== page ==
I have all kinds of love for Donalyn Miller and her Status of the Class idea, as well as her 40-Book Challenge idea, which are both presented in The Book Whisperer, and if you haven’t read that yet, you should go do that now.
All good? Didn’t you love it? Me, too.
I also love Goodreads, and I wish they had a young readers feature so my fifth graders could use their reading recommendations and statistics, but I’m still waiting on that.
These tools all help readers keep track of what they’re reading. The 40-Book Challenge asks students to read 40 books during the school year. In ten months of school, that’s about a book a week.
The Goodreads challenge goes during the calendar year, allowing you to set a goal for how many books you want to complete, and showing a progress bar as you get closer to your target. It also shows you interesting stats, like your most-read authors, average book ratings, and number of pages read.
Status of the Class involves a collection of data over time to see what students are reading – today I’m on this page of this book, last Thursday I was on this page of this book, last Tuesday I was on this page of this book, and so on. All of these give readers a pattern to observe about their reading habits and choices, which can help them use their reading time more constructively. Plus, the tracking is highly motivating for many students, especially if the writing piece is not too cumbersome.
So how do we track our reading during the school year without Goodreads?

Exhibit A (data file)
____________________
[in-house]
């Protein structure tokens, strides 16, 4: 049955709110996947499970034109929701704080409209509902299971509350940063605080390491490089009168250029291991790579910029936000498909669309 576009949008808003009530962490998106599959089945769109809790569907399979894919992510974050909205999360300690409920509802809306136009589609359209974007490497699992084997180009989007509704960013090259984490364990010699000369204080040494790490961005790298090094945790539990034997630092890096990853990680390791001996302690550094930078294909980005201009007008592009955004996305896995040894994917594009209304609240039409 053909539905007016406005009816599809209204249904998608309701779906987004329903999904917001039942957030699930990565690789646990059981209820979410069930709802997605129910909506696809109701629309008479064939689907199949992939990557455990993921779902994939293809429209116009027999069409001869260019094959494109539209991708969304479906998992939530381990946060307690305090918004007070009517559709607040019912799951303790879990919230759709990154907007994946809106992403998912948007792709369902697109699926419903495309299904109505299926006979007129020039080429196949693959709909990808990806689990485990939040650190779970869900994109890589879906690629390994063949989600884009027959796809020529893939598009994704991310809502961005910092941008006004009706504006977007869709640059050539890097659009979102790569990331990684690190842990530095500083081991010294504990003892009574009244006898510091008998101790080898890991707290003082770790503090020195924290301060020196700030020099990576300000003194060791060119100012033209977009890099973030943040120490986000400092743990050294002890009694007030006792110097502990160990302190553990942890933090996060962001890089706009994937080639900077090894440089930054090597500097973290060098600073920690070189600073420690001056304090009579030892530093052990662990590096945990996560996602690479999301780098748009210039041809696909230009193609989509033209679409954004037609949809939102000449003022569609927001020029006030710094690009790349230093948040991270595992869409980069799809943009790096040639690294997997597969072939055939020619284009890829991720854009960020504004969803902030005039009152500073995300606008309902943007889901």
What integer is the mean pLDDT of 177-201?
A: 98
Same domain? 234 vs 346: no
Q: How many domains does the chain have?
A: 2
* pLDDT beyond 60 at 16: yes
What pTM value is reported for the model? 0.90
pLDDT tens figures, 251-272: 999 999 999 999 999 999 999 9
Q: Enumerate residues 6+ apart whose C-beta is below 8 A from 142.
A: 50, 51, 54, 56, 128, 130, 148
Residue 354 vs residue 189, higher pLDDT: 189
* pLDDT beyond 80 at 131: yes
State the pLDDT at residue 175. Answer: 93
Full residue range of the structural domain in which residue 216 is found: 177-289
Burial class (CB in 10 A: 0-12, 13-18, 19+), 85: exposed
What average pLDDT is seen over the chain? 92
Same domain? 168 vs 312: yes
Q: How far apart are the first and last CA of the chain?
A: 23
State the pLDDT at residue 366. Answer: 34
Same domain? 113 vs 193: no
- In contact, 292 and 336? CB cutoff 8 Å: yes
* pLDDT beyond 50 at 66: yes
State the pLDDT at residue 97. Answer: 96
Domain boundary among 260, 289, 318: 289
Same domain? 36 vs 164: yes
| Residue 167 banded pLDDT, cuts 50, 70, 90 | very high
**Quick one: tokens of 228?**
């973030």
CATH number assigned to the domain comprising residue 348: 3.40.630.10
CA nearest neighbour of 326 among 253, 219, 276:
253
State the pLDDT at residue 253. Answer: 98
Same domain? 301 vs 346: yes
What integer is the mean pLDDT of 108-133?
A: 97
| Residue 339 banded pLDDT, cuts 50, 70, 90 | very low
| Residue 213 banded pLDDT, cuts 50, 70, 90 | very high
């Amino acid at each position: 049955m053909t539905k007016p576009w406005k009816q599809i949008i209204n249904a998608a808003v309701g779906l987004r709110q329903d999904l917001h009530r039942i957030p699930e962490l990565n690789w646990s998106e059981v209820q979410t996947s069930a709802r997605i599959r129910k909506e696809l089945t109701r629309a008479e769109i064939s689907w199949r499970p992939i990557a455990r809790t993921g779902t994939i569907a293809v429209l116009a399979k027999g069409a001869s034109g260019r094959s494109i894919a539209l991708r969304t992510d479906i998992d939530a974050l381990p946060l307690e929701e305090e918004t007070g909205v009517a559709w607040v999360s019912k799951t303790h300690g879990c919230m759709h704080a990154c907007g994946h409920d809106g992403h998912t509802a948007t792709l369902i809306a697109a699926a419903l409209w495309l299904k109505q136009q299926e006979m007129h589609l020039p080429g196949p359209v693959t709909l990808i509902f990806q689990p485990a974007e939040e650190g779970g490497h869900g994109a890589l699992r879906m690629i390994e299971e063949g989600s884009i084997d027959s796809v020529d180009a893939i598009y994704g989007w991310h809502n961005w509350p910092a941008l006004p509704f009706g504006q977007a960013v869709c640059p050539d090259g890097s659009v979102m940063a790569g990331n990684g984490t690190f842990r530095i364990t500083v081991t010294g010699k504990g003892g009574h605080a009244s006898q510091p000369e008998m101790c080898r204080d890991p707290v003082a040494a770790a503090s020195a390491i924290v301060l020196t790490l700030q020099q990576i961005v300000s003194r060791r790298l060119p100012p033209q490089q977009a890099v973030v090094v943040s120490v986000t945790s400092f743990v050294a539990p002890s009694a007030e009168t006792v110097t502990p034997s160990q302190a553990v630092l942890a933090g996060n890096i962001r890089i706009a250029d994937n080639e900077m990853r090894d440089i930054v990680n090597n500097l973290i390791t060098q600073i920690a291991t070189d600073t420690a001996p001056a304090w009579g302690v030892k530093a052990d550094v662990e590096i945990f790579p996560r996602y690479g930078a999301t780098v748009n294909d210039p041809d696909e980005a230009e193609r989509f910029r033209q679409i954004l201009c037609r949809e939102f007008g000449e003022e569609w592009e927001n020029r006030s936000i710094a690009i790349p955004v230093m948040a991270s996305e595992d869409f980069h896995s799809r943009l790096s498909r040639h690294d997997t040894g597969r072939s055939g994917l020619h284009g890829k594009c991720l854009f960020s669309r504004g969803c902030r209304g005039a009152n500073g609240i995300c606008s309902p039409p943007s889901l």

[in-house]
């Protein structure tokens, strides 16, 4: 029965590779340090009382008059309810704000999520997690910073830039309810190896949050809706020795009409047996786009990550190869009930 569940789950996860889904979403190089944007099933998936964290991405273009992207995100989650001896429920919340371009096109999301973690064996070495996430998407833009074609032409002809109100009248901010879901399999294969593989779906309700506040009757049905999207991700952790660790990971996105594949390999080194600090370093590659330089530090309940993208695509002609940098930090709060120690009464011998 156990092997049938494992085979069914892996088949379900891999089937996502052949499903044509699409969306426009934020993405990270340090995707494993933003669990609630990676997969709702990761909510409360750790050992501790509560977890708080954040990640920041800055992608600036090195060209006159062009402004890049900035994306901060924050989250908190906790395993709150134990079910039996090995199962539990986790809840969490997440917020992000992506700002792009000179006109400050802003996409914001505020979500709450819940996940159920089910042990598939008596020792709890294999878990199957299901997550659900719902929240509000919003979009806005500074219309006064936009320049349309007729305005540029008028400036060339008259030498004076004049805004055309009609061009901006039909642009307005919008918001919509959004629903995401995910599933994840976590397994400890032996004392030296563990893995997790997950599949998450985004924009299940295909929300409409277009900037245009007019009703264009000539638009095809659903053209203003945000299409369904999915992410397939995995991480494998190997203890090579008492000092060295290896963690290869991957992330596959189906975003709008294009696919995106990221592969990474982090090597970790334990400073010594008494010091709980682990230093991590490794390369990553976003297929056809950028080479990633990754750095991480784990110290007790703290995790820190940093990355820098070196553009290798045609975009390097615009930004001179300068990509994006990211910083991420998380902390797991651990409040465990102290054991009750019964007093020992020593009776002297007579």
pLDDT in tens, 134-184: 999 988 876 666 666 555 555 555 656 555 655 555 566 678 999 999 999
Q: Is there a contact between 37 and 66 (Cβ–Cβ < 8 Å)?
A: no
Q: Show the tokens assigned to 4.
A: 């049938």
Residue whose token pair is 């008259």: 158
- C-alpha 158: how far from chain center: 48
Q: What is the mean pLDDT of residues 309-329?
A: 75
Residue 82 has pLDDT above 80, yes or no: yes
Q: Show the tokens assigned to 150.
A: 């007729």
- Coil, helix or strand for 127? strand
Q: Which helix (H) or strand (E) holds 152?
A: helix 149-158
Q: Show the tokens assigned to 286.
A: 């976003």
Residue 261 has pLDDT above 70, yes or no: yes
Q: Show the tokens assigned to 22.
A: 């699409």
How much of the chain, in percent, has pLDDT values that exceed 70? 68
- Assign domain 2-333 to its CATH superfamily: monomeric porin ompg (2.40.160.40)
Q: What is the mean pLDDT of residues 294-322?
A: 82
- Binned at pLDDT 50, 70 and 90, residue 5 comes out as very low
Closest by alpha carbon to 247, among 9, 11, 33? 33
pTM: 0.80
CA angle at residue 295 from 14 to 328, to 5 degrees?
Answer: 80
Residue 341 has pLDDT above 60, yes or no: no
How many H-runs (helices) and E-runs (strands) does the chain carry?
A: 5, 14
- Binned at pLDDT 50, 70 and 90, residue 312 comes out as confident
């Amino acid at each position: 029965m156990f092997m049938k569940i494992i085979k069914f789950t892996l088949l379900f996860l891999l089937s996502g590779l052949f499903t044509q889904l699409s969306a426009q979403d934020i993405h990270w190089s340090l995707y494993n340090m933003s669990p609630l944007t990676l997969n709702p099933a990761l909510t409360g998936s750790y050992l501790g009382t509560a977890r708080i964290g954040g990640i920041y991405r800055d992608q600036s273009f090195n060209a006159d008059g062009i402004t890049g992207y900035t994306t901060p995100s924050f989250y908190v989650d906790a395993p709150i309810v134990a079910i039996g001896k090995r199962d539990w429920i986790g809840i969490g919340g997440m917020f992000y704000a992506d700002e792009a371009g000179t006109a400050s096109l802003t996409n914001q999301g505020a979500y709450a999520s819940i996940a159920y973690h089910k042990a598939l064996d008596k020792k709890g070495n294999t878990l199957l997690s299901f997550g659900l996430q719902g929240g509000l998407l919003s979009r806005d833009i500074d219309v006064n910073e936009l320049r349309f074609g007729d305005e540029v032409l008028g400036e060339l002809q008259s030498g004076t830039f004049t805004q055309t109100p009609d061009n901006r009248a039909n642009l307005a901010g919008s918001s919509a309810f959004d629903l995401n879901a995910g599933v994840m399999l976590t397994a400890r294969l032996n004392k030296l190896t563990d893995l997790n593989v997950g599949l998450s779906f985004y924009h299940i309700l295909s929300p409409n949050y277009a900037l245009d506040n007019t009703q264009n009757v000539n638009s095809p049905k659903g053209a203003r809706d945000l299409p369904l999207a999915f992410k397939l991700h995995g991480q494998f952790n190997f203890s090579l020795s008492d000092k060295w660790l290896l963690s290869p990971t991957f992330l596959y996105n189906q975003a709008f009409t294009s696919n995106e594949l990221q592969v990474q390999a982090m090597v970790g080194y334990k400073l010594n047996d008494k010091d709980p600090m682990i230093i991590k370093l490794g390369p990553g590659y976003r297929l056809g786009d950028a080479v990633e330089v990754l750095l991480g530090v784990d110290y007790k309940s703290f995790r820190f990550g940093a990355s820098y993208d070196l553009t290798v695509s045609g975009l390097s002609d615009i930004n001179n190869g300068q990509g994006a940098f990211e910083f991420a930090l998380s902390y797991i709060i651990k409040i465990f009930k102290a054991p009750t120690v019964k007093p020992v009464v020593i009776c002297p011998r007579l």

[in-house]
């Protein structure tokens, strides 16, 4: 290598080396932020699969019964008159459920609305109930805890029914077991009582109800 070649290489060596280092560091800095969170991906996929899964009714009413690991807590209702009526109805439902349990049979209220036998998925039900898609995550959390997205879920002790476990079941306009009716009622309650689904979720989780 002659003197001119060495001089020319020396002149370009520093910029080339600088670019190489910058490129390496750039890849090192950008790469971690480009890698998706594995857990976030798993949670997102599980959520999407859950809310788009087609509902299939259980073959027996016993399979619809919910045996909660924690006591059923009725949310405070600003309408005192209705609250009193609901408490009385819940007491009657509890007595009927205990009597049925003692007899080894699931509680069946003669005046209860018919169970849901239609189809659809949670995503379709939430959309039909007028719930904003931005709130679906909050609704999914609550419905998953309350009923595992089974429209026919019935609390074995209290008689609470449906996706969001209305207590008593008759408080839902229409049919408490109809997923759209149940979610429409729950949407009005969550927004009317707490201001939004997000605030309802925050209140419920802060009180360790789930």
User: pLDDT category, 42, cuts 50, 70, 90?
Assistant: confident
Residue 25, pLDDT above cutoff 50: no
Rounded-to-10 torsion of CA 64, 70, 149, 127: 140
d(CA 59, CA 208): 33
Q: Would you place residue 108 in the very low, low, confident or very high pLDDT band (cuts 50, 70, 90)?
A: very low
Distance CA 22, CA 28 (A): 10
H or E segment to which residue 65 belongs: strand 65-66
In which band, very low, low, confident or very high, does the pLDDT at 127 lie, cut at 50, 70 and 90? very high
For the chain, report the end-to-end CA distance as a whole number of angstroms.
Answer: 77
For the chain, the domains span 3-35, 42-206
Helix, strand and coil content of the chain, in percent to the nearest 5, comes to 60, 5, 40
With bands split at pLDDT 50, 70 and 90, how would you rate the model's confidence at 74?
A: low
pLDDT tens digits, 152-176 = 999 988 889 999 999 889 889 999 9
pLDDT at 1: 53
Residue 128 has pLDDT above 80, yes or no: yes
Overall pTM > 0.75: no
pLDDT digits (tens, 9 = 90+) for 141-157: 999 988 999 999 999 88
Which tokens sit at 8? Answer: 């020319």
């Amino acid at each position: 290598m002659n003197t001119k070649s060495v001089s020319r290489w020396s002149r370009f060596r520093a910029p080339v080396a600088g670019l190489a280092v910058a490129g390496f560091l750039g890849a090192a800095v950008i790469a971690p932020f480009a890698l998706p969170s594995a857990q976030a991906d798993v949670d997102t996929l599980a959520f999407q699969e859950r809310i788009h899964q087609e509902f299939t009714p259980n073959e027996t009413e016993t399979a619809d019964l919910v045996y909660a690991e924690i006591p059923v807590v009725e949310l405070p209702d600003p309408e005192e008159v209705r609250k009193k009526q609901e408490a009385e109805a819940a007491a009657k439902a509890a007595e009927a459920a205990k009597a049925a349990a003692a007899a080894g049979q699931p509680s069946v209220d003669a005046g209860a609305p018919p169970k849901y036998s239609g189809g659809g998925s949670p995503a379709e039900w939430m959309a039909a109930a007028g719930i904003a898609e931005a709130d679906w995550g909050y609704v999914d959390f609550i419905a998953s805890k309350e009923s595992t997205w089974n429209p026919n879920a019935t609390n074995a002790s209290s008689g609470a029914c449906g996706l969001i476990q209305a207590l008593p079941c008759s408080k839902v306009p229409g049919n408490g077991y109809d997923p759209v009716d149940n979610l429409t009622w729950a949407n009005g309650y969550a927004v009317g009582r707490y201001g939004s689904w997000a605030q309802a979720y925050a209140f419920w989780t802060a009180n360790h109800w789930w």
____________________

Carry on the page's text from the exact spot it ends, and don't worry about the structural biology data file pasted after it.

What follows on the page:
Books, Rather Than Minutes
First, I want to say that I am not a fan of tracking minutes. No reader who is engrossed in a book pays attention to the clock, and they don’t read all in one sitting – they read as much as they can when they aren’t interrupted by life. This reality is difficult to accurately record in paper boxes. Avid readers frequently just guess and write down a number.
Readers who are paying attention to the clock are just waiting for mandated reading time to be over, so writing down the minutes doesn’t really serve any purpose. It proves students did an assignment, but it doesn’t foster a love of reading, and that’s what we really want – my post about access, choice, and book love talks more about this. The parent signatures on reading minutes logs, which are supposed to ensure compliance, mean little because most parents are so busy, they can barely remember to wear matching shoes, much less how many minutes their third child read last Wednesday.
So while we want students to spend time reading, keeping track of minutes isn’t my favorite way. I ask students to track completed books instead. I’ve used two different methods that work pretty well, and I’ll share with you what I like best and worst about each.
Making it Manageable - Save Time to Read
When it comes to recording completed books, I don’t want the record-keeping to get in the way of the reading. I had one student who was an exceedingly prolific reader – as many as 30 books a week – and yet writing was a huge struggle. The student recorded four books a week so that there would be a pattern to examine (even though it wasn’t a complete record). It worked, giving us some conference discussion points without being intrusive on reading time. Other students used voice to text to record their books if writing was a road block, but all students have been able to manage this system in fifth grade without any other accommodations.
What do students track?
I've had the privilege of working with hundreds of students and families in IA, CT, NC, MO, TX, and Canada.